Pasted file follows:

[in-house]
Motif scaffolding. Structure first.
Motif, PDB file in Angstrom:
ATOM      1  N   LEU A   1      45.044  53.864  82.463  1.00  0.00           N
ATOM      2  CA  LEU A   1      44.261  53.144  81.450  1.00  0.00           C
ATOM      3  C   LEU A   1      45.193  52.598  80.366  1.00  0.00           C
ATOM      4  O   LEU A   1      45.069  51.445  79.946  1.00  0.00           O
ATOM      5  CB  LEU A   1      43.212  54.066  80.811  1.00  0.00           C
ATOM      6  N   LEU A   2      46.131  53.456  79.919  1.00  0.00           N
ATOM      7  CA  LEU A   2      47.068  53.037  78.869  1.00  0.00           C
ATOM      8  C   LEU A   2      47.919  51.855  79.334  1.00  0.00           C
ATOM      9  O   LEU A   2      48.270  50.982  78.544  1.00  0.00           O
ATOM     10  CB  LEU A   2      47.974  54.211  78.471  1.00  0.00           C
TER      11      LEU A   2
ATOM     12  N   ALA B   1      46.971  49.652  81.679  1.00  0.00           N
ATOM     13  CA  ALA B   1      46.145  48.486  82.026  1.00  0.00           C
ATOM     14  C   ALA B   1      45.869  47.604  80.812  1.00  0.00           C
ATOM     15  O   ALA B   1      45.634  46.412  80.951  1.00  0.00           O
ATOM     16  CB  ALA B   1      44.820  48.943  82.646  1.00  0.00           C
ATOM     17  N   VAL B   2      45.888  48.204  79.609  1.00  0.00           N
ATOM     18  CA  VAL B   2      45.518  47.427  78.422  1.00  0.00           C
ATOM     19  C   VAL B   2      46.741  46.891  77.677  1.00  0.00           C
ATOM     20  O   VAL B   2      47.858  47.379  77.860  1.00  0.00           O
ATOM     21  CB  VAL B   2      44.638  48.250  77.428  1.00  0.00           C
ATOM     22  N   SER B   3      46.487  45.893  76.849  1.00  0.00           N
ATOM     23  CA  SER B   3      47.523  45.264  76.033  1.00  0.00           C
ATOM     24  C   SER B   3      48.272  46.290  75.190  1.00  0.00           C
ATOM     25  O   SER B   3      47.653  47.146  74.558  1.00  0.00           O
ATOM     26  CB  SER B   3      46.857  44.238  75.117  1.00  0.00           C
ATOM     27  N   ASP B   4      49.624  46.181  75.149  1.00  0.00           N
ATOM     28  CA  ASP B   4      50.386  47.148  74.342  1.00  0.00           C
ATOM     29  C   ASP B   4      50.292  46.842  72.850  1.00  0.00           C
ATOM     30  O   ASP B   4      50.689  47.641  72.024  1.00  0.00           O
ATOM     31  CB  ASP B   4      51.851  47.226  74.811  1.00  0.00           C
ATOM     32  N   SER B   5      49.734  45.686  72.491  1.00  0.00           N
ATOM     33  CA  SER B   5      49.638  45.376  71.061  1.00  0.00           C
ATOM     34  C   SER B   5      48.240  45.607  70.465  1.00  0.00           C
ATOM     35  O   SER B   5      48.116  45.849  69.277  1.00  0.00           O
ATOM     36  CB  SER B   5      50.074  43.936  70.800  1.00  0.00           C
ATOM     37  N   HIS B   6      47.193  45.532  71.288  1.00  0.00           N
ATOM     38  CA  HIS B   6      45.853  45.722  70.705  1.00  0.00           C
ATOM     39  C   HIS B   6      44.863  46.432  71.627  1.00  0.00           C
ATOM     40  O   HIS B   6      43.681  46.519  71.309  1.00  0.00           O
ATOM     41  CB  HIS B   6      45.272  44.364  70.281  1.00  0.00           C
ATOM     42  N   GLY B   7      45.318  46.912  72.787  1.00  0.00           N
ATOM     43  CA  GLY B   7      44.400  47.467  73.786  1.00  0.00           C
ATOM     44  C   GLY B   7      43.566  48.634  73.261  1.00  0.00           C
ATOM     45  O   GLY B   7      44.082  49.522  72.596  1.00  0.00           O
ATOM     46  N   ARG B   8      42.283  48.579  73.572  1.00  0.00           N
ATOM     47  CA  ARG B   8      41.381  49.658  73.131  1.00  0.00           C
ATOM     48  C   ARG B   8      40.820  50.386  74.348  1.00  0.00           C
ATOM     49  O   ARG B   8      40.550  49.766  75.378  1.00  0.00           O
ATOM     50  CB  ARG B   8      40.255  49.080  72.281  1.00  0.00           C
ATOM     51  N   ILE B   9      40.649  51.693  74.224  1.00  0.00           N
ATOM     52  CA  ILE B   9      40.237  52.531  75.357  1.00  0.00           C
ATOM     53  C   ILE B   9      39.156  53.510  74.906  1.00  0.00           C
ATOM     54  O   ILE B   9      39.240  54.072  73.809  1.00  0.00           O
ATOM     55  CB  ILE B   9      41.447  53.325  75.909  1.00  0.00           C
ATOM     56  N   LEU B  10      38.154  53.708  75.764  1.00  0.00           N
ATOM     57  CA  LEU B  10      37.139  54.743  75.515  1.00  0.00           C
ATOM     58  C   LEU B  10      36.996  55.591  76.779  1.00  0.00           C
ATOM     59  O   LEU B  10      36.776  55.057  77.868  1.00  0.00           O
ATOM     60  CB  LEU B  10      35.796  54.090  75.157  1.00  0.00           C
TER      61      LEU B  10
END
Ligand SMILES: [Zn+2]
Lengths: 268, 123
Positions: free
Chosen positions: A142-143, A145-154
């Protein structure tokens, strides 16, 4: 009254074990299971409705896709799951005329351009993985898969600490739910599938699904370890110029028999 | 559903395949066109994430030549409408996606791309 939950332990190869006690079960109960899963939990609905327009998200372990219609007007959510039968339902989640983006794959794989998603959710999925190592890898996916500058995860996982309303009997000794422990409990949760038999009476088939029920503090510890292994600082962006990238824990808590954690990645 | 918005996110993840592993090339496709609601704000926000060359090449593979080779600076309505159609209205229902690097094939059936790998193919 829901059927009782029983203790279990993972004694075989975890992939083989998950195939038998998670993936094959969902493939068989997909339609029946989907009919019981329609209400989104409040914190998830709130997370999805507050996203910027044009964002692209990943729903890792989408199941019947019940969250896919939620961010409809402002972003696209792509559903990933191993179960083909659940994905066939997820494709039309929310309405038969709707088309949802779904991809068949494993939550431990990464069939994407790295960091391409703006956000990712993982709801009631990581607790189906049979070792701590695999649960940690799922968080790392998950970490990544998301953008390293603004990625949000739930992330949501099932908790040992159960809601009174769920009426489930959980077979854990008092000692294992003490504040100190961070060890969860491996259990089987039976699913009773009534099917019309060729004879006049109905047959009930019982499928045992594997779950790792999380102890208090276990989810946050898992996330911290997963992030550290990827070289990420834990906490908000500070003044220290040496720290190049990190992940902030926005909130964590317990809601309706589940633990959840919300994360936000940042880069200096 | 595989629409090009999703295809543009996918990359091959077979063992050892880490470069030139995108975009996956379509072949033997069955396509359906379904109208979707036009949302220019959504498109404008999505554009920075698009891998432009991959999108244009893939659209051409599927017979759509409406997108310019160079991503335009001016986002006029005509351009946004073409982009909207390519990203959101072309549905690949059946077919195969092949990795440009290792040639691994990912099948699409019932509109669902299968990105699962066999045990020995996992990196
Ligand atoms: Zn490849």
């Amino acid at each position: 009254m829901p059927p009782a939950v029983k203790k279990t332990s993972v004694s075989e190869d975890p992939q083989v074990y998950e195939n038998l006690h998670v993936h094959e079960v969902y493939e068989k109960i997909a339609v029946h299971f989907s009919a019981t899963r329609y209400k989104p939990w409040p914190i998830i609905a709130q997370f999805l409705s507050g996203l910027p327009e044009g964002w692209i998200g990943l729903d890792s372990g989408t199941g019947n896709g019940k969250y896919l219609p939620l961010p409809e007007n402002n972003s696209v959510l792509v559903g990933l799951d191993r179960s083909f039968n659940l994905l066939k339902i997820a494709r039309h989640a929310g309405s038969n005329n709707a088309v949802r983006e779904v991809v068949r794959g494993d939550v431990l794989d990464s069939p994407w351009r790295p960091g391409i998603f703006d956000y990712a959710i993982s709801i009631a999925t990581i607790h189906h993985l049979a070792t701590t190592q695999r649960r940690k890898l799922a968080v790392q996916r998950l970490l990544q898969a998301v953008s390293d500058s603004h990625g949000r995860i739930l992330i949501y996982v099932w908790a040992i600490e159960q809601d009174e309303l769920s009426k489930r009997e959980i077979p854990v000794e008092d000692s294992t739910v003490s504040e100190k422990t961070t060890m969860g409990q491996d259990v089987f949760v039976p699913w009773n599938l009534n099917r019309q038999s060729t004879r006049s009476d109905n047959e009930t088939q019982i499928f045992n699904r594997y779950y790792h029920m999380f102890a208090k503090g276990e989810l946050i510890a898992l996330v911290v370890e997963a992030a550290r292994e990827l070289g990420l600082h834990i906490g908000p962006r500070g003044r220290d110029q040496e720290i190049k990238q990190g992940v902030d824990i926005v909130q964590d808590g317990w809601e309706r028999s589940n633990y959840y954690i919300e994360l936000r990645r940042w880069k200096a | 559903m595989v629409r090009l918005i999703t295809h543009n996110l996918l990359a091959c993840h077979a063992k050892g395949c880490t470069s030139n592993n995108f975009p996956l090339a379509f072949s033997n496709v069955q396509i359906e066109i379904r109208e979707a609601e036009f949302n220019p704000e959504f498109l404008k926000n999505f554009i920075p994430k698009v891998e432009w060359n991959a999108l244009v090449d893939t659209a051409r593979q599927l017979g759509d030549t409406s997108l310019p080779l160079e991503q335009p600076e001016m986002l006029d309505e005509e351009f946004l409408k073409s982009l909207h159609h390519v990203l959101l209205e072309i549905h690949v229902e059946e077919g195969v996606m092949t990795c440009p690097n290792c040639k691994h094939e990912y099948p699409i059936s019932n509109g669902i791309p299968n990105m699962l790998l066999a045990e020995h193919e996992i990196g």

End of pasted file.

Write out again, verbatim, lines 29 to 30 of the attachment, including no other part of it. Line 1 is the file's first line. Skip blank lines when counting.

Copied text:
ATOM     26  CB  SER B   3      46.857  44.238  75.117  1.00  0.00           C
ATOM     27  N   ASP B   4      49.624  46.181  75.149  1.00  0.00           N